This is part of my series of posts about museums in London visited on my last trip there. You can check out the last post about the London Transport Museum here! The Churchhill War Rooms are something I was really looking forward to visiting, and fortunately, our travelling companions were excited as well.
The Churchill War Rooms consists of the Cabinet War rooms, which are the actual bunker below the streets of Westminster where the cabinet met, worked, lived for days at a time and ran the war. The other portion of the exhibit is the Churchill Museum, dedicated to the life and work of the politician.
The Cabinet War Rooms are the highlight, and the most impressive part of the museum. We were greeted with a 20 minute presentation by a volunteer who gave us background on the war and life in London during the blitz. He explained that the Cabinet War Rooms were locked when the war was declared over, and essentially left as they were (barring the removal of some classified documents, and the addition of a few mannequins and glass walls). Even the sugar ration found in an officer’s desk remains.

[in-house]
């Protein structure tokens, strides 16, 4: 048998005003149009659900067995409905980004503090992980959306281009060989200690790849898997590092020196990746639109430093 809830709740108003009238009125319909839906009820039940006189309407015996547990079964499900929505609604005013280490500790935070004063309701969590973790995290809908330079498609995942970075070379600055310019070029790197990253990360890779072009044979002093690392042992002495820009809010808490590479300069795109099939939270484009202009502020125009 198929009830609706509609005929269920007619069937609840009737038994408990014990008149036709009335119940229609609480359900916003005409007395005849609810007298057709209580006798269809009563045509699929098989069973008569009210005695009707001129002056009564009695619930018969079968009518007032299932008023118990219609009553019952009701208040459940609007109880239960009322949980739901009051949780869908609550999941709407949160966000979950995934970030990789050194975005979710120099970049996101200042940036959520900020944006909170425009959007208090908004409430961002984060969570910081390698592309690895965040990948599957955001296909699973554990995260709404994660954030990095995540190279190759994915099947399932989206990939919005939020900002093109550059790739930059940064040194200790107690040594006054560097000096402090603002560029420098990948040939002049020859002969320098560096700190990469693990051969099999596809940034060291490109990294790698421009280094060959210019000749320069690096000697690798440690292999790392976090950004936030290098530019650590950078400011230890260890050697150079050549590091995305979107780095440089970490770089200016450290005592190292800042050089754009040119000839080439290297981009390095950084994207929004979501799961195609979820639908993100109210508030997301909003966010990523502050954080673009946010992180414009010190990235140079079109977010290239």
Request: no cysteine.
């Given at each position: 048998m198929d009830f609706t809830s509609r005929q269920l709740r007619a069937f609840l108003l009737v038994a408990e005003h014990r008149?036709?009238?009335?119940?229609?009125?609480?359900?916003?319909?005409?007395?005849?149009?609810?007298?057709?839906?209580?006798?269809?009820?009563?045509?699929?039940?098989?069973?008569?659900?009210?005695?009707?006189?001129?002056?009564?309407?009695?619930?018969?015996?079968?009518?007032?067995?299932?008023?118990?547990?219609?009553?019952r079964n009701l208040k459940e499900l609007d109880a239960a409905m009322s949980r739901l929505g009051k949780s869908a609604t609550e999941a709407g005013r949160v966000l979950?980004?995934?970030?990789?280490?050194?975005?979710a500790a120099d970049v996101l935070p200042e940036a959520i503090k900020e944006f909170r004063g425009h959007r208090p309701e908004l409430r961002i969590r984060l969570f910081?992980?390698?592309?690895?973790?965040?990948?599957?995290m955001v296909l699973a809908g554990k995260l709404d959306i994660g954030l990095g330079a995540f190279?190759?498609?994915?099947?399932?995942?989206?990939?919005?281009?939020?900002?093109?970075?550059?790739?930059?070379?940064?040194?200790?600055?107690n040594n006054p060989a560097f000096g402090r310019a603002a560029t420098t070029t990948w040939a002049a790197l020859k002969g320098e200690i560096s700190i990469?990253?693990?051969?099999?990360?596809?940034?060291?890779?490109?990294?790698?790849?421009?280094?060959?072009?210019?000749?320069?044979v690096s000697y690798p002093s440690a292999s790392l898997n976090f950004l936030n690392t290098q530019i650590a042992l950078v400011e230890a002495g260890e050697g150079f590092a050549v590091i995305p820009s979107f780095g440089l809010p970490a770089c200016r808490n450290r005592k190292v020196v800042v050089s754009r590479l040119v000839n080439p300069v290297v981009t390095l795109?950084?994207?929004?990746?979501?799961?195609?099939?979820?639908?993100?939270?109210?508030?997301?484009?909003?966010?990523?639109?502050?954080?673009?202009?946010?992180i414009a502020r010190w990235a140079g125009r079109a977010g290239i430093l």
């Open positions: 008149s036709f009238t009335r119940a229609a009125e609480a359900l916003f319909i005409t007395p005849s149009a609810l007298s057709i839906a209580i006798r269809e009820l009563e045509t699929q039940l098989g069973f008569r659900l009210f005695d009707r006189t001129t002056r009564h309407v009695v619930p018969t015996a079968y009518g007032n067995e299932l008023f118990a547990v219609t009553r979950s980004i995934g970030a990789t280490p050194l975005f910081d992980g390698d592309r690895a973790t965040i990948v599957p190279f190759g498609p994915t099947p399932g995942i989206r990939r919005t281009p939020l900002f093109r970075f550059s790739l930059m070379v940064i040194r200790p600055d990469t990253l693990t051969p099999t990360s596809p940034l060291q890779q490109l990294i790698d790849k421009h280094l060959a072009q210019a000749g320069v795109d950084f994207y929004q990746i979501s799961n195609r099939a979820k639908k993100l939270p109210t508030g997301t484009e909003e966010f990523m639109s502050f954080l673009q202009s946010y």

The audioguides were great, and although the passages are narrow, and the exhibit popular it wasn’t uncomfortably crowded because they limit the amount of people allowed in at one time. Interviews with typists and other workers who spent days at a time holed up in the bunker were really interesting, and actually seeing the rooms and reading about the men who made the decisions was pretty fascinating. You learn about Churchill’s guilty pleasures (good food, booze and cigars) and see the desk where speeches for the BBC were conducted. You learn about encryption techniques and cutting edge (at the time) technology that was used.
The museum is interesting too, and has many Churchill artefacts, including a jumpsuit. It follows his career prior to and after WWII, which I didn’t know much about prior to visiting.
You could easily spend a few hours at this attraction, even if you aren’t a history buff, and I’d definitely recommend it!
Tickets are £19, but if you’ve travelled by train, you can use the Days Out Guide 2 for 1 offer when you show your national rail tickets.